5. Strength and Power Stations: Physical education stations are a set of activity areas set up in a gymnasium, sports field, or outdoor area where students can participate in different physical activities. Students rotate through each station for a set amount of time or until they complete a specific task, allowing them to participate in a variety of activities during a physical education class. The strength and power stations can be used to provide a fun, engaging, and varied approach to physical education, encouraging students to develop a range of physical skills while having fun and being active.
Here are some sample strength and power stations for a PE class:
Medicine ball station: At this station, students can work on their power by performing medicine ball throws against a wall or to a partner. Encourage students to throw the ball with as much power as they can.
Plyometric station: Plyometric exercises such as box jumps or jump squats are great for developing explosive power. Set up a platform or box for students to jump onto, or have them do jump squats for a set amount of time.
Pull-up/flexed arm hang station: This station is great for working on upper body strength and power. Have students do as many pull-ups as they can in a set amount of time or flexed arm hang for as long as possible.
Resistance band station: Resistance bands are a versatile tool for working on strength and power. Students can use them for exercises such as bicep curls, tricep extensions, and rows.
6. Fidget Spinner Fitness: Amplify your strength and power exercises by creating a pie chart visual. Utilize the slices of the circle to graphically represent different movements you'll be performing. Refer to the example below for guidance. Have your students spin the fidget spinner placed on the board, and whatever it stops at will be the exercise or movement for everyone to practice! The Fidget Spinner is not only engaging for strength movement choices, but it also serves as an effective timer for students to monitor the duration of their physical activity. They “move” while it “spins”!
7. Relays and Power Shuttle Activities: Muscular strength and power movements can easily be incorporated into relay races and groups shuttle activities. In small groups, students can take turns moving from one line to another by executing locomotor movements such as slide stepping, sprinting, or skipping and upon reaching the end line and/or at the mid-way point completing strength and power exercises. In a relay, students start at the same line and return after accomplishing their mission. With shuttle activities however, teams stop at the other end for another team member to go back to where it all began.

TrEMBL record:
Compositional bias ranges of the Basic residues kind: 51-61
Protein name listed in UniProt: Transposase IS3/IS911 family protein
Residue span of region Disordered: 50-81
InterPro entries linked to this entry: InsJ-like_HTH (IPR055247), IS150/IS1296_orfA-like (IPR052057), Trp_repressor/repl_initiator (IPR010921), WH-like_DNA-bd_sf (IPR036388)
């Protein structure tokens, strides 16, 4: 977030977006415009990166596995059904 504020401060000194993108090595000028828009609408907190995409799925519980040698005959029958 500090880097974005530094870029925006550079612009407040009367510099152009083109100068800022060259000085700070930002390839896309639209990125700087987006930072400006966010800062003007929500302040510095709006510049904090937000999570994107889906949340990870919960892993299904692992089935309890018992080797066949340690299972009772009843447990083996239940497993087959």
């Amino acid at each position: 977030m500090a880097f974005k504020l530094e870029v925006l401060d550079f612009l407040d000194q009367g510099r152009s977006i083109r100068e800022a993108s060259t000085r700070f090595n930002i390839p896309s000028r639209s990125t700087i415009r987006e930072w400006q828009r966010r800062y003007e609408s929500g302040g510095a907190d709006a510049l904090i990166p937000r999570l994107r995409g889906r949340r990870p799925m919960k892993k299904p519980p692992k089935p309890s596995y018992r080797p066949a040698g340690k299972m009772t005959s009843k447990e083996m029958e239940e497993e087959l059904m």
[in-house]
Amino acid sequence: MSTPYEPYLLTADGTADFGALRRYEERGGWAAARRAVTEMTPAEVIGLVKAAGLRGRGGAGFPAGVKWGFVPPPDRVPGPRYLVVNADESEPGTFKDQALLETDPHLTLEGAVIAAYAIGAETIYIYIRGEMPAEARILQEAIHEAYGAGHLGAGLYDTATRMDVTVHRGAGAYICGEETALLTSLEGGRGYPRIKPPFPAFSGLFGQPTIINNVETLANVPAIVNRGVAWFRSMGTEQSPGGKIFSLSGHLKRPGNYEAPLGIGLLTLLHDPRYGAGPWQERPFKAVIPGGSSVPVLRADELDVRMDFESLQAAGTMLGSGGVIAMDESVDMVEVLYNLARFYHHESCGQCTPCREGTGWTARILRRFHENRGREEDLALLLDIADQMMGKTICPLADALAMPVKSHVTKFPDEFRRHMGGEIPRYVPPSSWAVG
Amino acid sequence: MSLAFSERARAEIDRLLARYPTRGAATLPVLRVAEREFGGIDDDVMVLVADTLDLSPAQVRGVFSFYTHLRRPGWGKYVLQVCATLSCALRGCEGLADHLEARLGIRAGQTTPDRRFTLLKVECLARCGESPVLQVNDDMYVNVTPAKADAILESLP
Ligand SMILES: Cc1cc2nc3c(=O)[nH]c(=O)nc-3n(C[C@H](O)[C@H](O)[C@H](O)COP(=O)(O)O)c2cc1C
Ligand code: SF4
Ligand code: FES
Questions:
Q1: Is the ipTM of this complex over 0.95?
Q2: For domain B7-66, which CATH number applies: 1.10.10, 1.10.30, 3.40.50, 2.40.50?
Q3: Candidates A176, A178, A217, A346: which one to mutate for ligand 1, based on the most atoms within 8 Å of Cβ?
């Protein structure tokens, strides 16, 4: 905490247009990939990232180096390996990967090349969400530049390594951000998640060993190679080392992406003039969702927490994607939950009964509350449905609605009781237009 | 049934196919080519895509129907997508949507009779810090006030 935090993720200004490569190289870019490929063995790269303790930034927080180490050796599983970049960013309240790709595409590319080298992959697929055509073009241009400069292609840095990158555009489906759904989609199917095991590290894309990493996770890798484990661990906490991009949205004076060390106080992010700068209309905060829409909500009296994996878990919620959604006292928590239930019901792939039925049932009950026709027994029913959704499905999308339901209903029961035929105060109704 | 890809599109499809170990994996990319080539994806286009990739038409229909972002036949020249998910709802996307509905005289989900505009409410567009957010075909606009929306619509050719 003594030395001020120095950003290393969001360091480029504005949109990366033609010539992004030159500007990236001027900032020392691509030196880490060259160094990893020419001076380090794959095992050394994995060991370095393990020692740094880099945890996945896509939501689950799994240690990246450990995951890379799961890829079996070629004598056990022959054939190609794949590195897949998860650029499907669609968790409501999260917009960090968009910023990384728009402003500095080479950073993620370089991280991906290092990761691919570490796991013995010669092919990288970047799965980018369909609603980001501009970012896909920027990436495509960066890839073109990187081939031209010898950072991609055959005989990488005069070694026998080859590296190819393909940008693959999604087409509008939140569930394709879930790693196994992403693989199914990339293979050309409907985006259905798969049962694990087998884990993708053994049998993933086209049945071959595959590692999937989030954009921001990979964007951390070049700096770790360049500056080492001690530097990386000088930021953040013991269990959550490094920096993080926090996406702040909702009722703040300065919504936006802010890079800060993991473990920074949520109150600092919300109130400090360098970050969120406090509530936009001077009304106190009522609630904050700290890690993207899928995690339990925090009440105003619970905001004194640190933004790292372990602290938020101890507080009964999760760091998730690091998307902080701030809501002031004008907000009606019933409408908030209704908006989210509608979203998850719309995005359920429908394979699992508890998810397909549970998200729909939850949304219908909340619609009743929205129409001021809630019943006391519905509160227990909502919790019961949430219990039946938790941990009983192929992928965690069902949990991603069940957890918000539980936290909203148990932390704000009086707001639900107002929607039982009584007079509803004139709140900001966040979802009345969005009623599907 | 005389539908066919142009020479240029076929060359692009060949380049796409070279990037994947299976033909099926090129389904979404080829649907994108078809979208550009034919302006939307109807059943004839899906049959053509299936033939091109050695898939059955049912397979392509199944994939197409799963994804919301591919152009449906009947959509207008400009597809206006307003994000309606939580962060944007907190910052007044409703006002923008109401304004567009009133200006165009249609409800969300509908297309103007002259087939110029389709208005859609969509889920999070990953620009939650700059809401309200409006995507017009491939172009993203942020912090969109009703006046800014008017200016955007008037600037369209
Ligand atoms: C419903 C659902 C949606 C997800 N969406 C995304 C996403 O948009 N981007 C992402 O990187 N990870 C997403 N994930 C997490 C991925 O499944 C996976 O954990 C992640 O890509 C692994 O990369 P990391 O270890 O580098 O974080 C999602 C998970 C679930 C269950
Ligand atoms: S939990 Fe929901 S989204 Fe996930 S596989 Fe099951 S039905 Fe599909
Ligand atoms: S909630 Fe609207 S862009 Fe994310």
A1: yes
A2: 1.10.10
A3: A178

Power Shuttle Fitness
8. Fitness Task Cards: Strength and power task cards are visuals with instructional cues and rep or time suggestions. They are used to provide students with specific, step-by-step instructions for different exercises. Teachers can create their own using various platforms such as PowerPoint, Canva or Comic Life. They can also be simple cards with written instructions and cues. Students can complete the cards either in groups, partners, or individually, and they can be modified for different age groups or ability levels.
The fitness cards are ideal for PE teachers to reinforce teaching cues in a fitness unit or could be used as a warm up, cool down or an instant activity. Classroom teachers could also use a few task cards to make a small circuit inside their classrooms or multiple cards outside in a playing area such as a playground or field
9. Climbing Wall: Incorporating climbing on a school's wall during physical education class is an excellent way for students to become stronger and more physically fit. A typical school-based wall provides the perfect outlet for this type of activity, offering fun exercise and building endurance in the process. Climbing the wall requires the use of multiple muscle groups, including the upper body, core, and lower body. Students can work on their strength by traversing, doing pull-ups, hangs, and wall sits on the climbing wall. Encouraging students to try different routes and handholds will challenge them and help develop their balance and coordination. It's important to ensure that students are using proper form and technique for each exercise to prevent injury and maximize the effectiveness of the activity.